The Monte Carlo simulations show the experimentally observed silica condensation, resulting in a protective effect of the alteration layer and an initial silica dissolution rate decreasing as a function of time. The simulations explain the temporary silica oversaturation sometimes observed in experiments. They show that the silica solubility in solution is not that of the highest energy state (the glass). Instead, it is close to, that of the lowest energy state (the gel). This is consistent with the fact that most silica bearing sites at the surface with the solution are in that lowest energy state. The silica solubility depends on the amount of silica particles in contact with the solution (the surface), implying that replacing part of the silica by another poorly soluble glass network former lowers the silica solubility. Defects in the structure tend to cause higher Si concentrations in solution.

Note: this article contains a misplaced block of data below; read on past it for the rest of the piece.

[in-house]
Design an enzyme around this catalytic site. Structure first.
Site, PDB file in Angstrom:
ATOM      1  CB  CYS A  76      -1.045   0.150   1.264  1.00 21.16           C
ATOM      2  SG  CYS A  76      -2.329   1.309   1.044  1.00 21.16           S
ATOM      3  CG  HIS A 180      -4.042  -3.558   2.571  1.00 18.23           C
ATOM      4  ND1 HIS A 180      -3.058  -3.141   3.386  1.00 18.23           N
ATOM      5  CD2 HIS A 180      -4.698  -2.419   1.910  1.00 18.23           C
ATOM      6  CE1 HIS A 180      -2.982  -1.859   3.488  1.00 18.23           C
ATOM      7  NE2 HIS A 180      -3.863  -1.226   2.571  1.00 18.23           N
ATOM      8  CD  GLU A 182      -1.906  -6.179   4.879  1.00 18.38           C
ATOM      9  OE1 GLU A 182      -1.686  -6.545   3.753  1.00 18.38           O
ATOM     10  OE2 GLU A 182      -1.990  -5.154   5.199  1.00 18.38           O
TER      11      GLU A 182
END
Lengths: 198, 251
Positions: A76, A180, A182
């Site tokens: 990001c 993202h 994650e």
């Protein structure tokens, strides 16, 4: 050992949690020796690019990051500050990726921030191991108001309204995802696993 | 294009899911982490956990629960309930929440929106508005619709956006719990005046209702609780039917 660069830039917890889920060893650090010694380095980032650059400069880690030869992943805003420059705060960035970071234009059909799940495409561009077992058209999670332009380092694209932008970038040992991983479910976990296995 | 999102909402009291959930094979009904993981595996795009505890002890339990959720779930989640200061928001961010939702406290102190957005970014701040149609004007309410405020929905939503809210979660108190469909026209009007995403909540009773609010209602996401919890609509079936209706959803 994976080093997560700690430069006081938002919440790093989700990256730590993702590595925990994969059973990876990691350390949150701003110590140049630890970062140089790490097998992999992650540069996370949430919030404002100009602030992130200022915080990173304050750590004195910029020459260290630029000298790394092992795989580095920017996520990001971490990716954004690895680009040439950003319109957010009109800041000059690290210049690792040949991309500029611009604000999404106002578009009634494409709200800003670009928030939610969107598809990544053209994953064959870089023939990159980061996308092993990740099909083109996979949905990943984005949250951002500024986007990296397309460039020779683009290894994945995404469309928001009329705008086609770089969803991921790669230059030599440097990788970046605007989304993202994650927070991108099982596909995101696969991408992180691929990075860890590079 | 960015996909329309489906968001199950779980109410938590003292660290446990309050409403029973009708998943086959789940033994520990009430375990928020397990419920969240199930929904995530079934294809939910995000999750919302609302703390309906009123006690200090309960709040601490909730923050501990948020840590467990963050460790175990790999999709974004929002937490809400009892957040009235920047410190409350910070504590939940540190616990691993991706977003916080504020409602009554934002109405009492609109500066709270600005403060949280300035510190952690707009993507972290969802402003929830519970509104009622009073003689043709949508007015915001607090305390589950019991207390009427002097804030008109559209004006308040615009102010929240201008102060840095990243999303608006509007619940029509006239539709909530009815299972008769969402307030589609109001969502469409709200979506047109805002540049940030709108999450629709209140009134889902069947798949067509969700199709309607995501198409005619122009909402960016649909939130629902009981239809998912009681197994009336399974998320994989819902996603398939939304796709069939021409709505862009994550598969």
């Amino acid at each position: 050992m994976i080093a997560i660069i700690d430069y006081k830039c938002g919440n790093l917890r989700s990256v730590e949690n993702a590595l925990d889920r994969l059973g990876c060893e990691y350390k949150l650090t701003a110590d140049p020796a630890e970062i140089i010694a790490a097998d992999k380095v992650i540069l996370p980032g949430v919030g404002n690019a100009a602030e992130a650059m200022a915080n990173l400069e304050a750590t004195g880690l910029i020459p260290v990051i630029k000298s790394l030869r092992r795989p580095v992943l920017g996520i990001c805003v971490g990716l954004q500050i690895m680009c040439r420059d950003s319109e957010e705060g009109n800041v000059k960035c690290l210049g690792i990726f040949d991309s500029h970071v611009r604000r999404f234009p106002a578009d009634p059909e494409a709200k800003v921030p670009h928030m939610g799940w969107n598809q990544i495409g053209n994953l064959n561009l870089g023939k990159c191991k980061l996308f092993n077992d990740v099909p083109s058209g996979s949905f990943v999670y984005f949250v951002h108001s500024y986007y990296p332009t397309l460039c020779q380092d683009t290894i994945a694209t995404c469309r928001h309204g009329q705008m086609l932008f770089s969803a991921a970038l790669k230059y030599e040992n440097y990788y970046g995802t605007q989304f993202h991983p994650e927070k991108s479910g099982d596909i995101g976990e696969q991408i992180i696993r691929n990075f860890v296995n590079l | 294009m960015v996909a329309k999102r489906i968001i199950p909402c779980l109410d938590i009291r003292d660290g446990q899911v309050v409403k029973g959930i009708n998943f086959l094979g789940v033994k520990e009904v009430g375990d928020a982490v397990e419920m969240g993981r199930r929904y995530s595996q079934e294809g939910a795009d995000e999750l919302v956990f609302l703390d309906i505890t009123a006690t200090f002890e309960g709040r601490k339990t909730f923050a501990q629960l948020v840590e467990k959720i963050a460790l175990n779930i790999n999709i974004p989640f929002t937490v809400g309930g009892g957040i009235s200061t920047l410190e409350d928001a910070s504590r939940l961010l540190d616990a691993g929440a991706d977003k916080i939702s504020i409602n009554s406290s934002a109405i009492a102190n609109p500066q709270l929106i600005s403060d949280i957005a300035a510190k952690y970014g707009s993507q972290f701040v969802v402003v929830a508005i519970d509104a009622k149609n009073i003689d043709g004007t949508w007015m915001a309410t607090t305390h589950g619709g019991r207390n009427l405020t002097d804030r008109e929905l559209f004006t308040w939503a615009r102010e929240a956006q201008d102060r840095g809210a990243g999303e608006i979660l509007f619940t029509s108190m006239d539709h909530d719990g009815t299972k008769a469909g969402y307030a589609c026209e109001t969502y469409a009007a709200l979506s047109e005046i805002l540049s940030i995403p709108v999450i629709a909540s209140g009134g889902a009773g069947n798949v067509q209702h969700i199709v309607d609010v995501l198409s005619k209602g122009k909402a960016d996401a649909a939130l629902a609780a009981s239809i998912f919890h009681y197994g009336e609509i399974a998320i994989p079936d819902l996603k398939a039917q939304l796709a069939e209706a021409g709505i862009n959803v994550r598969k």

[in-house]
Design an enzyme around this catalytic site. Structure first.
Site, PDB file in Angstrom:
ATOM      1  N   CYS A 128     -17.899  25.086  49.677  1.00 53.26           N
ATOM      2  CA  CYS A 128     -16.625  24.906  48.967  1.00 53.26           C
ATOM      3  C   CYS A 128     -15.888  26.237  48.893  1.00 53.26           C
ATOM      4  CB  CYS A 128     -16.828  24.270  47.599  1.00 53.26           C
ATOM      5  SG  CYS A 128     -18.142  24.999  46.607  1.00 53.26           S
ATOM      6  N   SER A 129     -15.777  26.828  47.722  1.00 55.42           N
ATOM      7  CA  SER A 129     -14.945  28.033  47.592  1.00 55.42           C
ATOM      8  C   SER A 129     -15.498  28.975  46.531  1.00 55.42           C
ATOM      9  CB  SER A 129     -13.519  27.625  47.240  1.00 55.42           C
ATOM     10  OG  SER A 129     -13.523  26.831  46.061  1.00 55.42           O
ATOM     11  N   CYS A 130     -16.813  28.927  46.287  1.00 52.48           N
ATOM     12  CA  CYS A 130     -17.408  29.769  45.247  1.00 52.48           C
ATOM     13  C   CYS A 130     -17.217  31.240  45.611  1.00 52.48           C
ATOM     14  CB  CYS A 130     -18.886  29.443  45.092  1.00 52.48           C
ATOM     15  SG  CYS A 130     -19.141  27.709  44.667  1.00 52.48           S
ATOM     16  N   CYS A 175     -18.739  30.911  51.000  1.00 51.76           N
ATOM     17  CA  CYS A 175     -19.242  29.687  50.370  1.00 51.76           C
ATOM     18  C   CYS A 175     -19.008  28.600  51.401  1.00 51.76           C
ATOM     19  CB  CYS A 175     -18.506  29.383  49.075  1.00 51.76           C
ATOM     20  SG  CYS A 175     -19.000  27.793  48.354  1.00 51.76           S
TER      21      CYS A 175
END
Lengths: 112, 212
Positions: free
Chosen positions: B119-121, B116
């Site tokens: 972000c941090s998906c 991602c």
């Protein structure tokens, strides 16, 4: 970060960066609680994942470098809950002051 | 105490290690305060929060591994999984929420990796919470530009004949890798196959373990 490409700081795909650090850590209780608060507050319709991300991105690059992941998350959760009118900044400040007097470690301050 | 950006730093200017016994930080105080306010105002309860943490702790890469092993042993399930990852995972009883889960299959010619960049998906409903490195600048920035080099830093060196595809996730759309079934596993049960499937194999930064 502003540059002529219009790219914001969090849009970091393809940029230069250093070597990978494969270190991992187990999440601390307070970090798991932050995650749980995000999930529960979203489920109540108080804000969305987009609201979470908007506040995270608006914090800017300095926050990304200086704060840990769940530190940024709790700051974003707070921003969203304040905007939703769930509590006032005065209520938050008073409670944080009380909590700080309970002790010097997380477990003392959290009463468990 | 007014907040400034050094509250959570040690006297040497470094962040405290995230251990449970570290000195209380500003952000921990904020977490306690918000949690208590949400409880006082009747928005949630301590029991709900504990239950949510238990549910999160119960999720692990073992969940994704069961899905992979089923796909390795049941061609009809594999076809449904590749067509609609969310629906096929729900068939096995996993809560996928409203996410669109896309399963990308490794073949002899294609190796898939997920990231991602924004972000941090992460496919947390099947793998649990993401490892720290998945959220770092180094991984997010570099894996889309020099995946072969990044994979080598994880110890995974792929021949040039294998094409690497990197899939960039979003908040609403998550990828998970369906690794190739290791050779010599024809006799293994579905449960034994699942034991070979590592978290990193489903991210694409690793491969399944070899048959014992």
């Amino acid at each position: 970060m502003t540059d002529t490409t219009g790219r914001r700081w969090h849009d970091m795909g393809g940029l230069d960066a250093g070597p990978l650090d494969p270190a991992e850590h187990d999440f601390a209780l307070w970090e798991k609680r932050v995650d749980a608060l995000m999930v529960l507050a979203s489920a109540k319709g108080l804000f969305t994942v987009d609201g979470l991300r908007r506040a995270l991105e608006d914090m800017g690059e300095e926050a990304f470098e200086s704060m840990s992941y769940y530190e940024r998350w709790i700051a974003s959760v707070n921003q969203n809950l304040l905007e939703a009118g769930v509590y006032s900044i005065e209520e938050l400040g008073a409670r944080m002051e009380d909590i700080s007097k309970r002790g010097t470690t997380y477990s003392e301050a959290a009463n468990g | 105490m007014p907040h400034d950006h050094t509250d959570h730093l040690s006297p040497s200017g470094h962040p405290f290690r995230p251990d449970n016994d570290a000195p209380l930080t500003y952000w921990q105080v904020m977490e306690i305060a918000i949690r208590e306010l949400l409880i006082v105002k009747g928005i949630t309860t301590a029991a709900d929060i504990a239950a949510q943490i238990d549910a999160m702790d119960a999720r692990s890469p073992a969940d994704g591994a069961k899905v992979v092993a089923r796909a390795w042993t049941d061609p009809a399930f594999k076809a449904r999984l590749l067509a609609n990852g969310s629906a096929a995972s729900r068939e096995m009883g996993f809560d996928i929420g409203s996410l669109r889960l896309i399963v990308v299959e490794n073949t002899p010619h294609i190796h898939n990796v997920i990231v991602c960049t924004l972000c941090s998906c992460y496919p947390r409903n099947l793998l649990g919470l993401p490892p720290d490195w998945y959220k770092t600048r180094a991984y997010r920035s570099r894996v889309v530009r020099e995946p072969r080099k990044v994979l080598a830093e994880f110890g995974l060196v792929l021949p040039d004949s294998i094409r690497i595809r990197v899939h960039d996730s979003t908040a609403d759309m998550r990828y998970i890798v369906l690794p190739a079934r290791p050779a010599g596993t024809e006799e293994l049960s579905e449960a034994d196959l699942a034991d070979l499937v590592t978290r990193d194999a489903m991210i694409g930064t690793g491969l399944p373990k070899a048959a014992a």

The sodium leaching at silica saturation mainly looks caused by the temporarily opening and closing of pathways out of the glass. Due to the random character of this process, the reproduction of such rates in severals runs of the code is very poor, which is similar to experimentally observed behaviour.
|Number of pages
|Published - Nov 2009
|Studiecentrum voor Kernenergie